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from Bernd Eberle

Great for the climate:
Thoughts on climate-neutral and climate-positive

We know that it is 5 to 12 at the earliest when it comes to stopping global warming. Fortunately, the topic has now finally gained some momentum. Unfortunately, the consequences can no longer be overlooked, even if there are Trumps of this world who deny the issue. Sadly enough, it took a youth movement to really bring this issue to the attention of corporate management. This is due to the fact that the importance of a company’s behavior when it comes to sustainability is no longer just a matter of image, but has become extremely relevant to sales. And it may also be due to the fact that it is the managers’ children who go out on the street on Fridays instead of going to school.

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But what does it actually mean to be climate neutral? Or even climate-positive? How do you achieve measurable climate protection? And does that really help? Is this just indulgence trading for a clear conscience or does climate-neutral and climate-positive action actually bring us real added value?

The simple answer: it depends on how and what you do. This again shows that it is somewhat more complicated. So let’s first clarify the terminology:

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1. climate neutrality

The term “climate-neutral” means that, in purely mathematical terms, no CO2 is emitted. This normally works as follows: A company calculates its emissions and then buys so-called emission certificates in the amount of its own emissions, which are then retired.

The certificates are awarded to someone who has bound or saved CO2, for example through reforestation or composting projects, renewable energy projects or similar. The certificates can only be used once. In mathematical terms, you are then climate neutral.

There are several recognized methods for calculating your own emissions. Probably the best known is called the Greenhouse Gas Protocol, or GHG Protocol for short. These greenhouse gas protocols are based on average values when balancing greenhouse gases in order to make the calculation effort more manageable.

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2. climate positive

Recently, the term climate-positive has been used more and more frequently alongside the term climate-neutral. As the name suggests, this means offsetting even more CO2 than you have caused. This is based on the realization that the goals of the Paris Climate Agreement, which aims to limit global warming to 1.5° compared to pre-industrial times, can only be achieved if significantly more CO2 is saved. So this is about more than just being neutral.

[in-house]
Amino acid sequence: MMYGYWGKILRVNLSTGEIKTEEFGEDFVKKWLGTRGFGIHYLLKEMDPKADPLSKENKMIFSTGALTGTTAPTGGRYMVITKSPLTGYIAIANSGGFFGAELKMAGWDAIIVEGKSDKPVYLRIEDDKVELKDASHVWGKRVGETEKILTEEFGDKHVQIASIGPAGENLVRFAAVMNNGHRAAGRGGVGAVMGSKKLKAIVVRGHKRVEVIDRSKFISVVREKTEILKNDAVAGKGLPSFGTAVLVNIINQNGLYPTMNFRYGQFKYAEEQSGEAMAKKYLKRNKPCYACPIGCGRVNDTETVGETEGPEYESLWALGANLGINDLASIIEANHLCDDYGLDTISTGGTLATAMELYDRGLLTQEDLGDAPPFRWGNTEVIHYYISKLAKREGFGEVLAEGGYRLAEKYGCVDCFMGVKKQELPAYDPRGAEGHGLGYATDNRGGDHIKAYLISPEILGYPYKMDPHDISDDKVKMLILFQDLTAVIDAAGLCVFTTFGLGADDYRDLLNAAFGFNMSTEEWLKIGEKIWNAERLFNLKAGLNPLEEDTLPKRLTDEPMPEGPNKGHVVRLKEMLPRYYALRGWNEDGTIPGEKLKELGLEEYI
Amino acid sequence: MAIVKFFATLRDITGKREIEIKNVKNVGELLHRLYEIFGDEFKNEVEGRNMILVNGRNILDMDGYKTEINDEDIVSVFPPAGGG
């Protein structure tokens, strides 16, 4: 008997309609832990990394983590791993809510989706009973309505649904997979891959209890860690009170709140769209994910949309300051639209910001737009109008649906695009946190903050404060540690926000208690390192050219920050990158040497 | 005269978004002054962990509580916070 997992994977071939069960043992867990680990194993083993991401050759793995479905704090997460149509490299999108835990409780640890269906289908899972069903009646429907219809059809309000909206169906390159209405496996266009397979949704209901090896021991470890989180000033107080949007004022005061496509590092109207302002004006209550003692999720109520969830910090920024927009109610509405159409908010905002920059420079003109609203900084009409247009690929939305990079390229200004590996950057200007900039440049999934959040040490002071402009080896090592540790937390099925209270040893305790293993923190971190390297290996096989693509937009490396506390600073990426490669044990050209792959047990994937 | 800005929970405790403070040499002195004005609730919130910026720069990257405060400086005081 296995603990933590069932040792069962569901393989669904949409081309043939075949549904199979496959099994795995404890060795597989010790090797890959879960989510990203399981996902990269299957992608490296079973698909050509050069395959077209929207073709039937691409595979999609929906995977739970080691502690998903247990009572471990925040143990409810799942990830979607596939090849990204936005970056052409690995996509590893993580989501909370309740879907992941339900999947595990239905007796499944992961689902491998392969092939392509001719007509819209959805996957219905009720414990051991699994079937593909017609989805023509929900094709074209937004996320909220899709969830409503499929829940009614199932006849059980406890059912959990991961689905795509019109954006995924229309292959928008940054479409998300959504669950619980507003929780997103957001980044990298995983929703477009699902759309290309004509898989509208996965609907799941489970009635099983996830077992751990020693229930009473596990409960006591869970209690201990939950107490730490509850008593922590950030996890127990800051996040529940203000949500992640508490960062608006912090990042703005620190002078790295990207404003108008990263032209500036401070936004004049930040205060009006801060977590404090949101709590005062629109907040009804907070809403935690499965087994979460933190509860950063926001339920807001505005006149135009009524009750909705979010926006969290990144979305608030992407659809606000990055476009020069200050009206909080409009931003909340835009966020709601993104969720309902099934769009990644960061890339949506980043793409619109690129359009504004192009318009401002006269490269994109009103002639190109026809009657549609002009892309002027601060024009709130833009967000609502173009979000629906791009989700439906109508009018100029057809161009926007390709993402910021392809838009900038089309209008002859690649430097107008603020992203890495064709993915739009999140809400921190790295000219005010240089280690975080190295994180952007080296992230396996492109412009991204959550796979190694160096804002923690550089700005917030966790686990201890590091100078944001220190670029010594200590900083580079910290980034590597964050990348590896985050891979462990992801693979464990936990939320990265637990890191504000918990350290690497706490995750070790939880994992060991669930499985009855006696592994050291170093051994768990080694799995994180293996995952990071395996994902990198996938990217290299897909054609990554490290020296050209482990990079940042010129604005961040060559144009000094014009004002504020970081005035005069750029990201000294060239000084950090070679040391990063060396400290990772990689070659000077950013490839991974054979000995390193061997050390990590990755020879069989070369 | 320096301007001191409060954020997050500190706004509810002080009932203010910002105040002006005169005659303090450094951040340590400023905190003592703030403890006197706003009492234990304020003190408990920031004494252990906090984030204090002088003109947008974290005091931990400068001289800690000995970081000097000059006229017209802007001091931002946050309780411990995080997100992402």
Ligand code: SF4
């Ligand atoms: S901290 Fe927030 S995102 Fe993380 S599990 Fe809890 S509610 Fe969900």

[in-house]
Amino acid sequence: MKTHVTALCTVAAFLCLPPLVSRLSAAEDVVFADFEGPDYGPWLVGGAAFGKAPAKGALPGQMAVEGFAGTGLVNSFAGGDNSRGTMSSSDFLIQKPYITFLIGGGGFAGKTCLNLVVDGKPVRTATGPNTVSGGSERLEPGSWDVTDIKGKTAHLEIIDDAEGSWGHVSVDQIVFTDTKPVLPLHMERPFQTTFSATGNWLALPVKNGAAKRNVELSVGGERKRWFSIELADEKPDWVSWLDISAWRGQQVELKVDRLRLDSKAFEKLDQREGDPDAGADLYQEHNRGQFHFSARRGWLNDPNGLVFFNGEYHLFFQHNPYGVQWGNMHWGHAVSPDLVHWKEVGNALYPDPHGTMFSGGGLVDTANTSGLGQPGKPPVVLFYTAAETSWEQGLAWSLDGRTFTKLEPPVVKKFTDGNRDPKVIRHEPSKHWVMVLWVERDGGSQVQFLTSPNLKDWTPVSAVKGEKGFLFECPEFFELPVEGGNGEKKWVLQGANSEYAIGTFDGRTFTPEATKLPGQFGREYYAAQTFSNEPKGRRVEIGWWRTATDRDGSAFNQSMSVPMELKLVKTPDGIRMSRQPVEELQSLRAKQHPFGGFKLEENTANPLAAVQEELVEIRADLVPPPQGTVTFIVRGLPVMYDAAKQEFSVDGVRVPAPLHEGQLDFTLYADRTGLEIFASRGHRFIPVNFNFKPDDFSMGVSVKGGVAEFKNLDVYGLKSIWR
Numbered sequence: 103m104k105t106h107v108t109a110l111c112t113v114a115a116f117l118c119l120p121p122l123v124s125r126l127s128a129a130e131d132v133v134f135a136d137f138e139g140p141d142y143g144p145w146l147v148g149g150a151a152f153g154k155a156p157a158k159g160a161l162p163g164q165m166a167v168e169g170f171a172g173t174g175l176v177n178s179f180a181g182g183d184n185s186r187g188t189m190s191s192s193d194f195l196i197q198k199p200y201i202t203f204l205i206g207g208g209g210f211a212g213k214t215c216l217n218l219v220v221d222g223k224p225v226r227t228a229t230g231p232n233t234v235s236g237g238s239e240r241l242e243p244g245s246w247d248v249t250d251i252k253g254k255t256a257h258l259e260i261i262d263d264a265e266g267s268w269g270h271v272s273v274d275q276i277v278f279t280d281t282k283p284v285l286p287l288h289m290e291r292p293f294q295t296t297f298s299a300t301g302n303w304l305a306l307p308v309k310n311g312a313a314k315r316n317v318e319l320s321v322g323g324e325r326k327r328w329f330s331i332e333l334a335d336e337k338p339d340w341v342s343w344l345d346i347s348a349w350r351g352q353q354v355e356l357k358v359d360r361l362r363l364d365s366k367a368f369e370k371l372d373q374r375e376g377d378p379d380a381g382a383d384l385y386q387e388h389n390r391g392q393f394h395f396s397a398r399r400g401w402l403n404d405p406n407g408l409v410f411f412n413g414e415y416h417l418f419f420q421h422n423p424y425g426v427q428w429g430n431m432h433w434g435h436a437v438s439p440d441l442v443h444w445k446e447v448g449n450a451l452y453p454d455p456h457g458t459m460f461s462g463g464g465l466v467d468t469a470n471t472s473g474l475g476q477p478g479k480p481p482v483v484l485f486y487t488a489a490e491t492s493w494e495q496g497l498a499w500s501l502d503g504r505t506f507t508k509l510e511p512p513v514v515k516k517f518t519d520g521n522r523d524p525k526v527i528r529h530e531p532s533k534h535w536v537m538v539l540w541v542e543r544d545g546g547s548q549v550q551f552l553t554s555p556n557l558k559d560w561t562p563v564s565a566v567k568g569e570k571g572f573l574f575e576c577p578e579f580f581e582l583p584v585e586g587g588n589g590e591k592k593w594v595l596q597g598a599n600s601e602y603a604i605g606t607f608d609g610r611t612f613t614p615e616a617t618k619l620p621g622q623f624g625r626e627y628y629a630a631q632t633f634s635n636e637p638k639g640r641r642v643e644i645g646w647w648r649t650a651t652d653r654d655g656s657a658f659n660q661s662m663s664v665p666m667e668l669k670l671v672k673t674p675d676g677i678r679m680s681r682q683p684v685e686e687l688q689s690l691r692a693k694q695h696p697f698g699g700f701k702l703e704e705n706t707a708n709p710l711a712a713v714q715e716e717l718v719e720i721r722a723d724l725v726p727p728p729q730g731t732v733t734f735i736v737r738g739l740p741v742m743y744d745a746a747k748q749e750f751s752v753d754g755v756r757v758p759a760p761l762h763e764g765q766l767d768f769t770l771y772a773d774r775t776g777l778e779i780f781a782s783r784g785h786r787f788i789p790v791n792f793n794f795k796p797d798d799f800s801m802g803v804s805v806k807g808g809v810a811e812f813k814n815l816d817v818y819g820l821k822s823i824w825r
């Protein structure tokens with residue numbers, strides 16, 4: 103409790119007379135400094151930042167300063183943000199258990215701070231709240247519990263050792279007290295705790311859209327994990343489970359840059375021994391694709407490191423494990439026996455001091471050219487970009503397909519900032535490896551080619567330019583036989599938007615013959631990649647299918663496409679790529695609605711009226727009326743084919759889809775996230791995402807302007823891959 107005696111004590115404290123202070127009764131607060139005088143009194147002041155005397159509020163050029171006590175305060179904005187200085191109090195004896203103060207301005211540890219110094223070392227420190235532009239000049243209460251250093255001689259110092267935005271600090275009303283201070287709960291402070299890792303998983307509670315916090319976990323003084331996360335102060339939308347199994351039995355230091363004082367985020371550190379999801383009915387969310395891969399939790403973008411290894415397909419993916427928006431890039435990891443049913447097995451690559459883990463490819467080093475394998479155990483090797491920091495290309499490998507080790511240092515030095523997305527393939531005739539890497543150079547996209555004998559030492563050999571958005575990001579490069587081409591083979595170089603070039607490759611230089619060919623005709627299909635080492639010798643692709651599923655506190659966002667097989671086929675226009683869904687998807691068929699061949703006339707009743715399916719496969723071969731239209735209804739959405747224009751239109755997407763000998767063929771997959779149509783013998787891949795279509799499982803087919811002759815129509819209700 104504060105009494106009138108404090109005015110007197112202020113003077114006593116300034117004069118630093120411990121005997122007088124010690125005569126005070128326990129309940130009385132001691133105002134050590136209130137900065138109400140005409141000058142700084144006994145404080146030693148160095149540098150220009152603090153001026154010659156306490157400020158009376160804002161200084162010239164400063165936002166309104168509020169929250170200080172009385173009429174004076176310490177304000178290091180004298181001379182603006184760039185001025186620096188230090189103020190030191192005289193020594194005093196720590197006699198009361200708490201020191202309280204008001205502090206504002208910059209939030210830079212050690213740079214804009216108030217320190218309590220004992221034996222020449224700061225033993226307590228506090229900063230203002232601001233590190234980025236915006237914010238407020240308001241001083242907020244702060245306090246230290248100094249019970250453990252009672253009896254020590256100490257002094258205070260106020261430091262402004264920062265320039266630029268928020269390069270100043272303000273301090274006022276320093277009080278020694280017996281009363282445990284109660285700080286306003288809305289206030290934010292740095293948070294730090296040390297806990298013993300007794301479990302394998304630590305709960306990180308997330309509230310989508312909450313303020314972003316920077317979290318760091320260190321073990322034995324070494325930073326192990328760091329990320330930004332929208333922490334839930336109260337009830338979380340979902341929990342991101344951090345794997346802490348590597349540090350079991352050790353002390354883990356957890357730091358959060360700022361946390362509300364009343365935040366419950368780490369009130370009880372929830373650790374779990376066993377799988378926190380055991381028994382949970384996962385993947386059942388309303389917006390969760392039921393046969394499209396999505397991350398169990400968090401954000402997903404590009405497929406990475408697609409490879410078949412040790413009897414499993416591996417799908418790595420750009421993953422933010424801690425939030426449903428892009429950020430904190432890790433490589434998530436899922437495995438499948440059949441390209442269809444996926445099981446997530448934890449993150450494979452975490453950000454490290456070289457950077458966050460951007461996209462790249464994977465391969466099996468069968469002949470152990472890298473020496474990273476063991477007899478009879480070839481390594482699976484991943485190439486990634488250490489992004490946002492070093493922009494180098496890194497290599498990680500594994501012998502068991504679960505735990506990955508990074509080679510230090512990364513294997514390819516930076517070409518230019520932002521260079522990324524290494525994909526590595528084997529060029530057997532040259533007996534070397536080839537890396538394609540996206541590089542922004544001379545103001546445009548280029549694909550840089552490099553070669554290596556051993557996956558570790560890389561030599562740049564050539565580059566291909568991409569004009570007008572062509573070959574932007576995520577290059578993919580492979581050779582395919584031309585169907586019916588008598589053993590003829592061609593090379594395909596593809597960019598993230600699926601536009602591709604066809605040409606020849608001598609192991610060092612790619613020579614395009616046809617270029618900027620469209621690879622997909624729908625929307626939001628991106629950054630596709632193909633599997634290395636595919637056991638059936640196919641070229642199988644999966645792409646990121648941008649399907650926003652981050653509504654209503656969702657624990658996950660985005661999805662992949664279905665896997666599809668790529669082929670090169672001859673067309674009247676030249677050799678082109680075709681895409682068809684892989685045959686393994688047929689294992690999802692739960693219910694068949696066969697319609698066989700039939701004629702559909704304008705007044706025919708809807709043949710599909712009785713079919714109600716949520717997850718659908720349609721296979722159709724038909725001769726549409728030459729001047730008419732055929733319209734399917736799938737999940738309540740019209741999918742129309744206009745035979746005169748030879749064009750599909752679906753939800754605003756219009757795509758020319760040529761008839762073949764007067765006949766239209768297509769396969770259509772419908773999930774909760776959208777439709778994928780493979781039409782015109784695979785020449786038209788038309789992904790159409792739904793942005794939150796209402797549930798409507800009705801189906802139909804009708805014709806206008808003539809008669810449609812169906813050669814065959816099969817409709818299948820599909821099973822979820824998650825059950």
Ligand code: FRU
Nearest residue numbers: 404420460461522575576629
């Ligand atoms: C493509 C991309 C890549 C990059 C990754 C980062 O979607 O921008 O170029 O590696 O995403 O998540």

Of course, this immediately raises the question: How much more CO2 must be saved than consumed in order to be able to say with a clear conscience that we are climate-positive? Unfortunately, there is no single answer: the spectrum ranges from around 20% to 50-80% more savings. Reputable sources also demand that, in addition to offsetting, ambitious CO2 reduction targets be set for the company’s own emissions, which should then also demonstrate significant and measurable success.

Serious climate protection concepts can really make a difference

Again, it depends on the how and what. You have to do so much and be transparent in order to be credible and inspire confidence. And the whole concept behind true climate positivity must actually make sense and also arouse emotions in the end consumer so that the climate protection concept can actually take effect.

One example: our customer
Rheinsberger Preussenquelle is climate-positive
. They have calculated how many emissions are caused by buying mineral water, transporting it home, driving the empties back to the health food store (even in the worst case: by SUV), cleaning it and then bottling it again – in other words, the entire transportation route. Preussenquelle offsets the amount of CO2 emitted in the process in addition to what it produces itself when bottling its organic mineral water. Preussenquelle can therefore rightly say that the consumption of Preussenquelle mineral water causes no more emissions than drinking tap water at home. The advantage: it tastes better and is of pure quality.

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Our conclusion to the questions we have asked above are therefore as follows:

If something has a solid foundation, is credible and is communicated transparently to the customer, climate-positive action can not only be good for the climate, but also for the company’s image.

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